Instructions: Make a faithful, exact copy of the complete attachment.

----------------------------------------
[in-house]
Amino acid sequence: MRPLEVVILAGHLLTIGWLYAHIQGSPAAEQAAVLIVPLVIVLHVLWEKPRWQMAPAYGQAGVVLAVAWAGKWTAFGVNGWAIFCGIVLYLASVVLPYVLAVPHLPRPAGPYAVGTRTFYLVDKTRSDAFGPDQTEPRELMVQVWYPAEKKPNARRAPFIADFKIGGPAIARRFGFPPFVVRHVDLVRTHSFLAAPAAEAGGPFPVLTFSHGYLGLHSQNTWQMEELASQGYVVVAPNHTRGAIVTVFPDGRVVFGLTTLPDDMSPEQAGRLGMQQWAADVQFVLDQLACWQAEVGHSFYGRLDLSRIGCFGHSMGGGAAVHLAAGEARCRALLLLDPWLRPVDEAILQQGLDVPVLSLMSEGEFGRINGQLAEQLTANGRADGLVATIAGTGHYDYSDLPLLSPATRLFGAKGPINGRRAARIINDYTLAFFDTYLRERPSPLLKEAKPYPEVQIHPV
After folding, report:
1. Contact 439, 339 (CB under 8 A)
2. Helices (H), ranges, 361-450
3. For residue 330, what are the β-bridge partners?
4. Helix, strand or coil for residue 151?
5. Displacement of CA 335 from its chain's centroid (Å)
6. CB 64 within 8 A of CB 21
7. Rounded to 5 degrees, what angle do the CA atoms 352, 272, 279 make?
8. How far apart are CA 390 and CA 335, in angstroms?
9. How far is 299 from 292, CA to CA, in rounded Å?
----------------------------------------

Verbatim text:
[in-house]
Amino acid sequence: MRPLEVVILAGHLLTIGWLYAHIQGSPAAEQAAVLIVPLVIVLHVLWEKPRWQMAPAYGQAGVVLAVAWAGKWTAFGVNGWAIFCGIVLYLASVVLPYVLAVPHLPRPAGPYAVGTRTFYLVDKTRSDAFGPDQTEPRELMVQVWYPAEKKPNARRAPFIADFKIGGPAIARRFGFPPFVVRHVDLVRTHSFLAAPAAEAGGPFPVLTFSHGYLGLHSQNTWQMEELASQGYVVVAPNHTRGAIVTVFPDGRVVFGLTTLPDDMSPEQAGRLGMQQWAADVQFVLDQLACWQAEVGHSFYGRLDLSRIGCFGHSMGGGAAVHLAAGEARCRALLLLDPWLRPVDEAILQQGLDVPVLSLMSEGEFGRINGQLAEQLTANGRADGLVATIAGTGHYDYSDLPLLSPATRLFGAKGPINGRRAARIINDYTLAFFDTYLRERPSPLLKEAKPYPEVQIHPV
After folding, report:
1. Contact 439, 339 (CB under 8 A)
2. Helices (H), ranges, 361-450
3. For residue 330, what are the β-bridge partners?
4. Helix, strand or coil for residue 151?
5. Displacement of CA 335 from its chain's centroid (Å)
6. CB 64 within 8 A of CB 21
7. Rounded to 5 degrees, what angle do the CA atoms 352, 272, 279 make?
8. How far apart are CA 390 and CA 335, in angstroms?
9. How far is 299 from 292, CA to CA, in rounded Å?